Yooper at heart

GWINN – Chris Adams was raised with the understanding that if he wanted something bad enough, he had to be willing to work for it. He took this concept to heart, spending over half of his life working in lower Michigan so that he could eventually settle in the Upper Peninsula.

“There was always a draw back here,” he said. “Even from my earliest years, this is where I wanted to live.”

Adams’ mother was a Gwinn resident and was one of 14 children. His father’s family was from Imlay City and they were victims of the Great Depression. He was able to find work in the U.P., where he met his future wife.

“She took a train downstate, and they got married in a little church in Imlay City,” Adams said. “Then they really spent the rest of their lives trying to get a week off or a month off to come back up here. And they bought this little piece of land here (on Johnson Lake) for about $300.”

He said that his mother’s family bought a shack and carted it out to Gwinn and his life was forever changed as a result.

“This is where I played my baseball, and learned how to swim,” he said. “I knew I had to live here.”

After graduating from high school in Imlay City, Adams went on to college. He took courses at Ferris State University, Central Michigan University, Northern Michigan University and Michigan State University, eventually earning his bachelor’s degree.

Adams, 72, continued his education, receiving a master’s degree in teaching and special education, as well as an educational specialist degree. While in college, he began teaching, moving from school to school for six years until finally settling in at Alma Public School as the elementary school’s principal.

He spent the next 30 years there, but he said his desire to return to the U.P. never faded. Adams now lives on the same plot of land his parents purchased in the mid-1940’s, on Johnson Lake in Gwinn.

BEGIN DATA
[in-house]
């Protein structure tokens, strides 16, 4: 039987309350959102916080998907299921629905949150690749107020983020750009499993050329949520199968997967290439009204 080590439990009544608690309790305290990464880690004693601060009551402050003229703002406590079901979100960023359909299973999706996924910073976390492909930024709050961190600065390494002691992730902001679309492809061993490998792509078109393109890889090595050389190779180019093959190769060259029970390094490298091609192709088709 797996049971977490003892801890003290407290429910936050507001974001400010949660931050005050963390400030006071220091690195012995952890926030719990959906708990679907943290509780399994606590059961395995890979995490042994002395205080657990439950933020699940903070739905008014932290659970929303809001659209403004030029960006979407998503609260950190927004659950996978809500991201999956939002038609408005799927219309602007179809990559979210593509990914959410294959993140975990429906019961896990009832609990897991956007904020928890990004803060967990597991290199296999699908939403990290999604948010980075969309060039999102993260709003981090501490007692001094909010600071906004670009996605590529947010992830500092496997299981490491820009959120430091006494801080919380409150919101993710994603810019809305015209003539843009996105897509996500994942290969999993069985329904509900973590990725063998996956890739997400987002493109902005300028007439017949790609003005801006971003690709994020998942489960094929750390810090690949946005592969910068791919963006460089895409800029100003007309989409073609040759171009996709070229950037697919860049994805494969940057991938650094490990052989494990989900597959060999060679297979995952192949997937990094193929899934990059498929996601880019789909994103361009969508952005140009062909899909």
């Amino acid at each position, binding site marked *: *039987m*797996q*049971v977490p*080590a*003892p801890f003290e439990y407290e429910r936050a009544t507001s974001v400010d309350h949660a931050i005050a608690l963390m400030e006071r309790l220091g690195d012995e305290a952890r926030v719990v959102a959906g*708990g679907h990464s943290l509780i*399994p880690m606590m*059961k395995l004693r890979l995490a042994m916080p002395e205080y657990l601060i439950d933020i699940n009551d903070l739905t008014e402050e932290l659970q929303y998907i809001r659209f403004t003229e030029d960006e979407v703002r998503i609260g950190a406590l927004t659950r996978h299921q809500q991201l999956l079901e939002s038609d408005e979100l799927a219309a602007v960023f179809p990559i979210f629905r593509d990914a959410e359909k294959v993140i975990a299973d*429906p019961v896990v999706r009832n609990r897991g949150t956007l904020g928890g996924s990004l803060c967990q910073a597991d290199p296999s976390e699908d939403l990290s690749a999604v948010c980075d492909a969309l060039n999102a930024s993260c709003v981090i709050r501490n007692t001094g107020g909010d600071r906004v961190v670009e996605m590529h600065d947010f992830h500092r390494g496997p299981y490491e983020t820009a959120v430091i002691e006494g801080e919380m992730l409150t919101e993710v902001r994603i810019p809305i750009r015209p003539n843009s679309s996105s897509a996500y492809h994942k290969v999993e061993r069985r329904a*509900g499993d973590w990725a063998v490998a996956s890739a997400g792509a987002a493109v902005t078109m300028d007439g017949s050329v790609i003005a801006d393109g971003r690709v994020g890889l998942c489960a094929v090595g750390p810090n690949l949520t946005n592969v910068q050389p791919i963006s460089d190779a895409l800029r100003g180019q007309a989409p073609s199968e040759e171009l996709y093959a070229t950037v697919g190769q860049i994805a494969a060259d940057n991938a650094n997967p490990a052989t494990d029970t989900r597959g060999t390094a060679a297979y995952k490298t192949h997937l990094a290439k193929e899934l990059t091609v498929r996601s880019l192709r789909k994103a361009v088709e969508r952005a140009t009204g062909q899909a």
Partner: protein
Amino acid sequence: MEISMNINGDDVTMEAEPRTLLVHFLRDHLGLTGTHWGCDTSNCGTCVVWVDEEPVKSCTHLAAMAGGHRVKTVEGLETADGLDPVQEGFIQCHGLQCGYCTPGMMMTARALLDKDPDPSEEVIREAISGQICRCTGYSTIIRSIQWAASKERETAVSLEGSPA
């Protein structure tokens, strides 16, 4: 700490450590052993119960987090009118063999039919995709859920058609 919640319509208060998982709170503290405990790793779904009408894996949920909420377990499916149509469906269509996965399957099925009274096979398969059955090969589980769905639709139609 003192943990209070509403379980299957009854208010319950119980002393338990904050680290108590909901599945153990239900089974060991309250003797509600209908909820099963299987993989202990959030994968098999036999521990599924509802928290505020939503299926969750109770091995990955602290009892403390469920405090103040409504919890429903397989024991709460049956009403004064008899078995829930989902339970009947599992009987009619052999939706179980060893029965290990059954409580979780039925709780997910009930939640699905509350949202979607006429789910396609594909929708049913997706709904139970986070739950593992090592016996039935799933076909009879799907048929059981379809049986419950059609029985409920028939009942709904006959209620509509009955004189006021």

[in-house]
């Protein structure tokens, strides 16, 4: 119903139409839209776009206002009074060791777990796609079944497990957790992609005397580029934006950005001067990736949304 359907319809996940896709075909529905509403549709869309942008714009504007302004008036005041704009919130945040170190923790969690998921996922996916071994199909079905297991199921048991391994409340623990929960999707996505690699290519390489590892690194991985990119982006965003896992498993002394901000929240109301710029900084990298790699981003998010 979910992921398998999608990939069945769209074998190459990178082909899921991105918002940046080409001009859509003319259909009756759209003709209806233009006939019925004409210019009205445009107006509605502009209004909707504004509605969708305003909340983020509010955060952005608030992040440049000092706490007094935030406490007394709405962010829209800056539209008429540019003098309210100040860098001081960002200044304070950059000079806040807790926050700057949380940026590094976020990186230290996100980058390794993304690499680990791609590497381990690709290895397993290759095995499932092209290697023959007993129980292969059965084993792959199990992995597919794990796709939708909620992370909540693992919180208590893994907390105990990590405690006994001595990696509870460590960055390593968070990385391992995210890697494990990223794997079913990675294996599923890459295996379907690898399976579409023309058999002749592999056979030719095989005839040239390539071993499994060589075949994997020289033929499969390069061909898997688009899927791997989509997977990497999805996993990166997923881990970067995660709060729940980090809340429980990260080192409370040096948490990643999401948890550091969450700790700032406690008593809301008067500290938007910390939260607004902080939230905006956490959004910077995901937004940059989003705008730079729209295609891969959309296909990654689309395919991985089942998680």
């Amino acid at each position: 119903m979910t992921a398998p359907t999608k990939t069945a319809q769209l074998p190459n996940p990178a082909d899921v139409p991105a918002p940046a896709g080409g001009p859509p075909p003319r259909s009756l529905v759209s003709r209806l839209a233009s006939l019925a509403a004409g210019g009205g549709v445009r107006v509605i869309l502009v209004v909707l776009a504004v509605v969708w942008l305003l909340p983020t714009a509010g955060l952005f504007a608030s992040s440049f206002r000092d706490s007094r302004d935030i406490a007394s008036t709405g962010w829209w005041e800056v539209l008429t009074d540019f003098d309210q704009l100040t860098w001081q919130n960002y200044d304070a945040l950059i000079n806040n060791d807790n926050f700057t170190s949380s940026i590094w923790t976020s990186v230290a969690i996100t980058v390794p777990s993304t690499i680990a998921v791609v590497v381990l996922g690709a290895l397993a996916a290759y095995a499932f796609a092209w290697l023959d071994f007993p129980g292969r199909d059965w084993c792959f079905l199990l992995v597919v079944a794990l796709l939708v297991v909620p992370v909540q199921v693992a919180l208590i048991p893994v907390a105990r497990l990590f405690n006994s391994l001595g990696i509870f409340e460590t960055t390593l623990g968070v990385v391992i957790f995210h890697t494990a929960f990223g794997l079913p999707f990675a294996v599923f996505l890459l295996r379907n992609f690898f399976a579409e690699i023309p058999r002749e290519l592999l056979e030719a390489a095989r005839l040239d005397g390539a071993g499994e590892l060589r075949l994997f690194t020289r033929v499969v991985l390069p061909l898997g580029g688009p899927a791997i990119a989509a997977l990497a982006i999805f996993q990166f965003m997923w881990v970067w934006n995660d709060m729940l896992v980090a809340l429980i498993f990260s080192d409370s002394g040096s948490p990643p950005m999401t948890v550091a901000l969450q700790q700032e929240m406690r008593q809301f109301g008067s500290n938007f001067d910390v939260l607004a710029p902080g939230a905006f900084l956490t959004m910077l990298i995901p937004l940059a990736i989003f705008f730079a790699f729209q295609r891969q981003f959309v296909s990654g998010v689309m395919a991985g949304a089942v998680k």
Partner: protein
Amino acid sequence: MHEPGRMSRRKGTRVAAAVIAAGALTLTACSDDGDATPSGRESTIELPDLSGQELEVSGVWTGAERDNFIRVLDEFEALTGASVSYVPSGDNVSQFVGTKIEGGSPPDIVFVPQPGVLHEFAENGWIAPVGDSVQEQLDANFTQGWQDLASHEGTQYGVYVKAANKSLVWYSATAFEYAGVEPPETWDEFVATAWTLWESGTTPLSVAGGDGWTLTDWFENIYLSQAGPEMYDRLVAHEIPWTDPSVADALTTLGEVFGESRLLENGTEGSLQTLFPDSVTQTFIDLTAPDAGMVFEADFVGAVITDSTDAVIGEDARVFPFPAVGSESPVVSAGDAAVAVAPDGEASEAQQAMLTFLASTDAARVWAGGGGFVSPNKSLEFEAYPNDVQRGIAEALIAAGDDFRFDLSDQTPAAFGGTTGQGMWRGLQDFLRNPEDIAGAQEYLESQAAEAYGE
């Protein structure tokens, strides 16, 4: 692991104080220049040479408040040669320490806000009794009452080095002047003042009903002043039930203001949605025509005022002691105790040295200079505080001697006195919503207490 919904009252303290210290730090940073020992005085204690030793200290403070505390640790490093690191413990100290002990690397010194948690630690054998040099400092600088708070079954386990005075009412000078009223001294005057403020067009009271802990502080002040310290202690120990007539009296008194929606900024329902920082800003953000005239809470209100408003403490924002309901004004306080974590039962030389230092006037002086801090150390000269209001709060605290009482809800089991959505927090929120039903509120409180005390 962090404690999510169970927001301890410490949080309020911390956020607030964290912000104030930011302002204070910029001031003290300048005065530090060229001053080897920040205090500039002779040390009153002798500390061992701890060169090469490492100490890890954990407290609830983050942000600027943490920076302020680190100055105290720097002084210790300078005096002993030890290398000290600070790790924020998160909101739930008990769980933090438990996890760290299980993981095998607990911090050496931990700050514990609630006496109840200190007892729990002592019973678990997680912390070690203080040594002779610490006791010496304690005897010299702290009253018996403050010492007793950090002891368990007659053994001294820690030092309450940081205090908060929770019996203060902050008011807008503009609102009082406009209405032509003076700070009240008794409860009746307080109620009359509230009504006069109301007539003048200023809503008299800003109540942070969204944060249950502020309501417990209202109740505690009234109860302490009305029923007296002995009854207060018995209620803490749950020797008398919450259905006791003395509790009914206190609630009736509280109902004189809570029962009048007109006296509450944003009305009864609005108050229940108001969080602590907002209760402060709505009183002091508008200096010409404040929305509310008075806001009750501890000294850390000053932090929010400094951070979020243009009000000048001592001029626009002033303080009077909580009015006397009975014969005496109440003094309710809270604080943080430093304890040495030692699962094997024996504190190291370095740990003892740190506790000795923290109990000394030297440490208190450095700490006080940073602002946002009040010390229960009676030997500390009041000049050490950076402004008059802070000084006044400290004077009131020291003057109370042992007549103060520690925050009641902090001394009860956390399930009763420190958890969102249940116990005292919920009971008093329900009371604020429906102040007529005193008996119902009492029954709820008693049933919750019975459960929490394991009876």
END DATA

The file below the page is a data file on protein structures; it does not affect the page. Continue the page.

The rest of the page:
“I could have worked longer years, but I never wanted to,” he said. “It wasn’t because I didn’t want to do a better job. It was because I really wanted a month or so up here. I was one of those people. We would always take the boat across the straits, and I always felt better when we got on this side of them.”

He added that it wasn’t as if lower Michigan was a bad place to live, it just didn’t give him the same sense of peace and belonging that the U.P. did.

“I’m enthusiastic about really the whole U.P., but these are my roots,” he said. “In this part of the world, and it’s still true, people want to know about you. And they don’t do it because they want to dismiss you; they do it because they genuinely want to know about you.”

He also said that it’s often the small and often unnoticed things that happen in communities like the ones in the U.P. that make it such a wonderful place to live.

“A lot of people put their shopping carts back in the rack, or open a door for a gal,” he said. “If you get sick, people come and help you. If your driveway is full of snow, people are willing to come and plow it for you. These things happen all the time here.”

During his time below the bridge, Adams met his wife, Donna, who was originally from the Grand Rapids area.

“She also fell in love with this place, thank God,” he said.

Justin Marietti can be contacted at 906-228-2500, ext. 245.